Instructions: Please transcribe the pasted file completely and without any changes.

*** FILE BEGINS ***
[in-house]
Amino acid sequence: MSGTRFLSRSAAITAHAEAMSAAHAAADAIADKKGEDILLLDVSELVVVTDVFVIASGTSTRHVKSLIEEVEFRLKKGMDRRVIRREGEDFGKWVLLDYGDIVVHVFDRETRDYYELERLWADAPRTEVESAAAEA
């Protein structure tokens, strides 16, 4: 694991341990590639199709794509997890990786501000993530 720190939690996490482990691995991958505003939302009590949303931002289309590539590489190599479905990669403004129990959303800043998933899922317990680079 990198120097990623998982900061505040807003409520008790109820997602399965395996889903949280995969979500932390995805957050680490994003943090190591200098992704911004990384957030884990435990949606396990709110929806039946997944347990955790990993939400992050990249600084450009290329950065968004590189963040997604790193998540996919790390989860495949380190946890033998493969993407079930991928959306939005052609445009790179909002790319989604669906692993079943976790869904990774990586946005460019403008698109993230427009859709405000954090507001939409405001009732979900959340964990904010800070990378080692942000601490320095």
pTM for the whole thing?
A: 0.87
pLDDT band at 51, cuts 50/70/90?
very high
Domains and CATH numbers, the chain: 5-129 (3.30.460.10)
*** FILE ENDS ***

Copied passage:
[in-house]
Amino acid sequence: MSGTRFLSRSAAITAHAEAMSAAHAAADAIADKKGEDILLLDVSELVVVTDVFVIASGTSTRHVKSLIEEVEFRLKKGMDRRVIRREGEDFGKWVLLDYGDIVVHVFDRETRDYYELERLWADAPRTEVESAAAEA
């Protein structure tokens, strides 16, 4: 694991341990590639199709794509997890990786501000993530 720190939690996490482990691995991958505003939302009590949303931002289309590539590489190599479905990669403004129990959303800043998933899922317990680079 990198120097990623998982900061505040807003409520008790109820997602399965395996889903949280995969979500932390995805957050680490994003943090190591200098992704911004990384957030884990435990949606396990709110929806039946997944347990955790990993939400992050990249600084450009290329950065968004590189963040997604790193998540996919790390989860495949380190946890033998493969993407079930991928959306939005052609445009790179909002790319989604669906692993079943976790869904990774990586946005460019403008698109993230427009859709405000954090507001939409405001009732979900959340964990904010800070990378080692942000601490320095």
pTM for the whole thing?
A: 0.87
pLDDT band at 51, cuts 50/70/90?
very high
Domains and CATH numbers, the chain: 5-129 (3.30.460.10)